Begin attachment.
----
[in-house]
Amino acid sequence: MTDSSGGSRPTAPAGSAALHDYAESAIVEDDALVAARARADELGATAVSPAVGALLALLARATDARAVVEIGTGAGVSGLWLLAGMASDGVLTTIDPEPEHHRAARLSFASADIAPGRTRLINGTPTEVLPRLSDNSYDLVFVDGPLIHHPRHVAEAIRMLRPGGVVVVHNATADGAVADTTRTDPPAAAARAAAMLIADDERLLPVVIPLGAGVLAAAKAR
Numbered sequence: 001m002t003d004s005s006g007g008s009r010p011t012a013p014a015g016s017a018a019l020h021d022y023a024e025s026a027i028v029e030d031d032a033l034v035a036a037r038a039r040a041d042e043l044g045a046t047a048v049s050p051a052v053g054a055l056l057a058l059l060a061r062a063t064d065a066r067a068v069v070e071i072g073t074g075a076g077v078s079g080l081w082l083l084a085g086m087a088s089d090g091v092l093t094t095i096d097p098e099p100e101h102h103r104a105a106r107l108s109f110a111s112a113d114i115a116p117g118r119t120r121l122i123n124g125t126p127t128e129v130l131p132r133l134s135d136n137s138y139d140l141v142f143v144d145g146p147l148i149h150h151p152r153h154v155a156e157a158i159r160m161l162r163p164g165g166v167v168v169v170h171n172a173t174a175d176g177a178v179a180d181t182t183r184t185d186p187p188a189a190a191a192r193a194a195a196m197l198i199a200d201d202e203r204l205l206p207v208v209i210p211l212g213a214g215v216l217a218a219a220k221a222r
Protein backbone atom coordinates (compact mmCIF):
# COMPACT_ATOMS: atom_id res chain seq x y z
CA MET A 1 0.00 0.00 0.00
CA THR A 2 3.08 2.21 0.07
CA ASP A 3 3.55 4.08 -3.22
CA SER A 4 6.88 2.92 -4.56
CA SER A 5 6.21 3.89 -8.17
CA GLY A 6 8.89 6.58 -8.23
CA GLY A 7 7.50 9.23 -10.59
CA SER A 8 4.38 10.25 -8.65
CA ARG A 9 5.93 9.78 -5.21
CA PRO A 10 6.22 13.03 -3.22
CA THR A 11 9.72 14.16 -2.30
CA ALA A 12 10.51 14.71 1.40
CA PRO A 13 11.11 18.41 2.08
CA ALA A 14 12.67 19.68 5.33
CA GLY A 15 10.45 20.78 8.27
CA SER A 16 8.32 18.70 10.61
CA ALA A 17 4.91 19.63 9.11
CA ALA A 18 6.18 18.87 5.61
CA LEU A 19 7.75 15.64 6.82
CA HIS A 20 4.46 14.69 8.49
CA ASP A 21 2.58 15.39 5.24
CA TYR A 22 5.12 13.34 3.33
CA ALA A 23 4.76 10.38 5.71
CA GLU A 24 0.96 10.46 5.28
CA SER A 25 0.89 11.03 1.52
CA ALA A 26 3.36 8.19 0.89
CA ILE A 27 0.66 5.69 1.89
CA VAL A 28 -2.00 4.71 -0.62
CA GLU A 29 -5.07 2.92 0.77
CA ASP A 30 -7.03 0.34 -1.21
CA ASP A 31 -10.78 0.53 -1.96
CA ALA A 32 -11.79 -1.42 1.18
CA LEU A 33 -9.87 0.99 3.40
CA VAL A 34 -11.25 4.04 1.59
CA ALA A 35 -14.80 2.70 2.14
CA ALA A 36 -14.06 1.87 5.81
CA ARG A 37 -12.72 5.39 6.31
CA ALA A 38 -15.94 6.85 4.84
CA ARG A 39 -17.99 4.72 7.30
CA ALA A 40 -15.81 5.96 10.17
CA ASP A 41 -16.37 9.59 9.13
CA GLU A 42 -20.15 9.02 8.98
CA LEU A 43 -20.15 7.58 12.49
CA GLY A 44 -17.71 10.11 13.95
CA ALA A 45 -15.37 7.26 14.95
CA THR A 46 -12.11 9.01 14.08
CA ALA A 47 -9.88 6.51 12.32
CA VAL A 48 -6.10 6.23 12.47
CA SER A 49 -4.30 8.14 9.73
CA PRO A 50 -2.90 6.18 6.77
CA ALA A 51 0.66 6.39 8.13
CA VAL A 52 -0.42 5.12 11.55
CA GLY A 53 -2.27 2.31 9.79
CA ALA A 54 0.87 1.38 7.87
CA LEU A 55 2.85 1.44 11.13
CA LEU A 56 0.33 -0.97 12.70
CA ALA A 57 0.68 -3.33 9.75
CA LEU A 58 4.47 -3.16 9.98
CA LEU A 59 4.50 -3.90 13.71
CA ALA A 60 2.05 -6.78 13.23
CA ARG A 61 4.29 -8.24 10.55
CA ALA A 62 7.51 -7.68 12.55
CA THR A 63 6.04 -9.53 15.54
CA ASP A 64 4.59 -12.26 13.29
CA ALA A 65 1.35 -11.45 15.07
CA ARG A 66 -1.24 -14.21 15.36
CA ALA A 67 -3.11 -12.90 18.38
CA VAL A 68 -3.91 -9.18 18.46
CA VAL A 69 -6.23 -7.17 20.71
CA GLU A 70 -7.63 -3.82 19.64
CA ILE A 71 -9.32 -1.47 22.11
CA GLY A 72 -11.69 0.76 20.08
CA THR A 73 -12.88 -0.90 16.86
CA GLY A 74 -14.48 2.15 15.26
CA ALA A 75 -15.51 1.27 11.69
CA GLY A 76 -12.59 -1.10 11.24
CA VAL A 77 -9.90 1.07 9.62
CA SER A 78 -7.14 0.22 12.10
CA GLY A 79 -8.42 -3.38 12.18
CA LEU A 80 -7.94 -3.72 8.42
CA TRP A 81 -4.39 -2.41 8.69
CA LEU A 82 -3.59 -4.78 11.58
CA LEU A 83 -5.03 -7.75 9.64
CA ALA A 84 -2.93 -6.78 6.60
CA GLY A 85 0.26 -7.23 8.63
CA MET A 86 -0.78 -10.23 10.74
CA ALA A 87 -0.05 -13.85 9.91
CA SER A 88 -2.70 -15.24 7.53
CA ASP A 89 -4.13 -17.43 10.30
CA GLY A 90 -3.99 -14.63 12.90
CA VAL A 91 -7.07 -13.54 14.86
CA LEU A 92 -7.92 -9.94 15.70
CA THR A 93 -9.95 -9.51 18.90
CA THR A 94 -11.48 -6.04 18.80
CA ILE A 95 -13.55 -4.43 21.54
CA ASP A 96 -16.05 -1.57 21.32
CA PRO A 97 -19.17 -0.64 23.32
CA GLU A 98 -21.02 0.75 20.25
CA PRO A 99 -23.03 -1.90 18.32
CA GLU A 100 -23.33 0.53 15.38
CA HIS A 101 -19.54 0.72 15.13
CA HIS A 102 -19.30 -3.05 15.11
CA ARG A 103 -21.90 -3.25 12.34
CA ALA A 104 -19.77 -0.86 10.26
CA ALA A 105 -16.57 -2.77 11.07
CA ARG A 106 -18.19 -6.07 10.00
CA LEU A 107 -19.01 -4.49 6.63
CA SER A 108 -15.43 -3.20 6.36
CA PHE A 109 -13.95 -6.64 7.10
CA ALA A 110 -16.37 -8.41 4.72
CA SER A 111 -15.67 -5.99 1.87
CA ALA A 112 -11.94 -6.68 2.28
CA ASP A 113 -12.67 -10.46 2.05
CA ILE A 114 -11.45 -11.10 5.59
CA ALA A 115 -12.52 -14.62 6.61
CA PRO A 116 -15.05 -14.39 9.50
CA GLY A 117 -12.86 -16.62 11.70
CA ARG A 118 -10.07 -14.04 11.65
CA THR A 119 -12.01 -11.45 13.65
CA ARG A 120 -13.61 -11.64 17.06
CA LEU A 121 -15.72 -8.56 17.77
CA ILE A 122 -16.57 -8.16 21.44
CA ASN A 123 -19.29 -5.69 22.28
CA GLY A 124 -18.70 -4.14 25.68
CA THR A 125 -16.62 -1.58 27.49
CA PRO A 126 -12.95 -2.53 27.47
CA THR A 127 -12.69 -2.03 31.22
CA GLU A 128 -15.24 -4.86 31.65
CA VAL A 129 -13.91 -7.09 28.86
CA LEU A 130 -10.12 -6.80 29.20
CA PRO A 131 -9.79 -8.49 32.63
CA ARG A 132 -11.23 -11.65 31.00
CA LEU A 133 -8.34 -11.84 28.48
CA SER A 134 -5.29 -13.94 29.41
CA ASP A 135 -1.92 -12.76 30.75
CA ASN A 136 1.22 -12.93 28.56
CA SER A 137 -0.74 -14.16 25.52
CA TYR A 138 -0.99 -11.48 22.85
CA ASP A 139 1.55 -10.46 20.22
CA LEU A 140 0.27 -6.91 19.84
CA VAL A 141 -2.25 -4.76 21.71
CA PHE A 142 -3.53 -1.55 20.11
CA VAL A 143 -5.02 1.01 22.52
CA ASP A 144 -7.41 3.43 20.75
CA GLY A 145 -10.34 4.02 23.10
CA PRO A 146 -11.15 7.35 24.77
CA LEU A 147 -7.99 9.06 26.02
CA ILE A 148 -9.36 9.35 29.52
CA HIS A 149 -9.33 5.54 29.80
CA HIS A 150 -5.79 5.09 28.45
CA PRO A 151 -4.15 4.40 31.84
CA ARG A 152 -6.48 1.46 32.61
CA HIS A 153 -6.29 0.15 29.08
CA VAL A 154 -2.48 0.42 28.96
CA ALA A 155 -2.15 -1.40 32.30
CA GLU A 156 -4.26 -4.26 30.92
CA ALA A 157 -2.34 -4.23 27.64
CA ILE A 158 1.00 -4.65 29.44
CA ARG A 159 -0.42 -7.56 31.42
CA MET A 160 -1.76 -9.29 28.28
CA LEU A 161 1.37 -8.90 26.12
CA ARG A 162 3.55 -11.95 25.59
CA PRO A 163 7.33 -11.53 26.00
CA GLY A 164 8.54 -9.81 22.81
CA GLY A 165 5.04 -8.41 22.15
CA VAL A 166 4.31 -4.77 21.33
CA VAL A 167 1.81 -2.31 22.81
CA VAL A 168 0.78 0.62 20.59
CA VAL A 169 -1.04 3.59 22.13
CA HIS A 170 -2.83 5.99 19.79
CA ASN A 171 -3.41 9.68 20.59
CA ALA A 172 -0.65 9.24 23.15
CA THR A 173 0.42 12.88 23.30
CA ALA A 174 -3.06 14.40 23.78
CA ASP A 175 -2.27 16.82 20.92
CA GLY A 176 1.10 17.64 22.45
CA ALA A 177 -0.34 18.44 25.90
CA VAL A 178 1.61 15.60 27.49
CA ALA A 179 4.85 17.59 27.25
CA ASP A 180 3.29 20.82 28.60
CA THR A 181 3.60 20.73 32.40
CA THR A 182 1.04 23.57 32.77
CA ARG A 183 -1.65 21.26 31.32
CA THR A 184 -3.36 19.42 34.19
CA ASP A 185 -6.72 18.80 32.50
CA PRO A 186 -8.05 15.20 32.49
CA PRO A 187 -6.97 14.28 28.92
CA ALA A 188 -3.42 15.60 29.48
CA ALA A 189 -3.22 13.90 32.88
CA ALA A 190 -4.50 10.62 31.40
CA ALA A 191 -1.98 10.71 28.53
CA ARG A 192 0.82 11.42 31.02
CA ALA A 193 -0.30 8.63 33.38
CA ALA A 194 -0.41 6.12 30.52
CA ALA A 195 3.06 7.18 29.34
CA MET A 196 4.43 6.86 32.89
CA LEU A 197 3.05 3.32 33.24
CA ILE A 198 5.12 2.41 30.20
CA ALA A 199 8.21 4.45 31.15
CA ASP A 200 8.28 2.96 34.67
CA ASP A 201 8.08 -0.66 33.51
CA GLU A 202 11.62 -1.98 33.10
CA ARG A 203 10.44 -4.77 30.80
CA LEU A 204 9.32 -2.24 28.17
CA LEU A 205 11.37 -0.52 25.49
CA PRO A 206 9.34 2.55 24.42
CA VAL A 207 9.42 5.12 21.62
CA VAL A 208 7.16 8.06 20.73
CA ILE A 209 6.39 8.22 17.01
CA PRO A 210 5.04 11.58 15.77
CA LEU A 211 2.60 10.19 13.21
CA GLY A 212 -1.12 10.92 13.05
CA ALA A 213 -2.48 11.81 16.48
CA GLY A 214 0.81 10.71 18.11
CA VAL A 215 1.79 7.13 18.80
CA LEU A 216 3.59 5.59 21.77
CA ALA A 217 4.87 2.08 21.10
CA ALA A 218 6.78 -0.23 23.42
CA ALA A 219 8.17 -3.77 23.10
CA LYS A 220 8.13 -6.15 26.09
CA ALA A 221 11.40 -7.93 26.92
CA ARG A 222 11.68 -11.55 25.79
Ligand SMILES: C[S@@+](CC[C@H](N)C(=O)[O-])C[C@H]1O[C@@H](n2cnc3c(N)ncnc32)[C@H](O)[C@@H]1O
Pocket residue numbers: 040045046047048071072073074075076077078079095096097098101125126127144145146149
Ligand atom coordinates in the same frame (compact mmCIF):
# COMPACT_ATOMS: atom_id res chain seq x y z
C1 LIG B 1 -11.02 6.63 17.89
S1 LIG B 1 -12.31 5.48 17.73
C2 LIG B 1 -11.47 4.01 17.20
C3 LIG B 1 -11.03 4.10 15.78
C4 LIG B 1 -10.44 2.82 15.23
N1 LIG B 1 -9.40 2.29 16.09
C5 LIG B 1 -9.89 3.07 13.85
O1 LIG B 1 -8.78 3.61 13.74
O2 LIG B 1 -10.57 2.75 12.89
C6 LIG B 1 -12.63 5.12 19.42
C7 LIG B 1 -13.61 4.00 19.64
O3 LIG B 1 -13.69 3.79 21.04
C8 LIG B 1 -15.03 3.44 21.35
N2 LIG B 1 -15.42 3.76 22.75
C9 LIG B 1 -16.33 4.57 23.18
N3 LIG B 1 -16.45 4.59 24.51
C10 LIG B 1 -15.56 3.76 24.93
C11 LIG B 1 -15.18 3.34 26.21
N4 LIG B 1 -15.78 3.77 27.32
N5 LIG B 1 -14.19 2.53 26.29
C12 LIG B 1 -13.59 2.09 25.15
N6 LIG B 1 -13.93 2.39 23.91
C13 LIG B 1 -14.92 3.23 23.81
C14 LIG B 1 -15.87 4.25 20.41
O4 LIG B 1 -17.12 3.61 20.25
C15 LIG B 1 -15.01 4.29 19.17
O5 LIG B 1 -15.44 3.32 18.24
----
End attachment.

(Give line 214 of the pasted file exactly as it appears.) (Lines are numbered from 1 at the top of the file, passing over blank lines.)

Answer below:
CA ILE A 209 6.39 8.22 17.01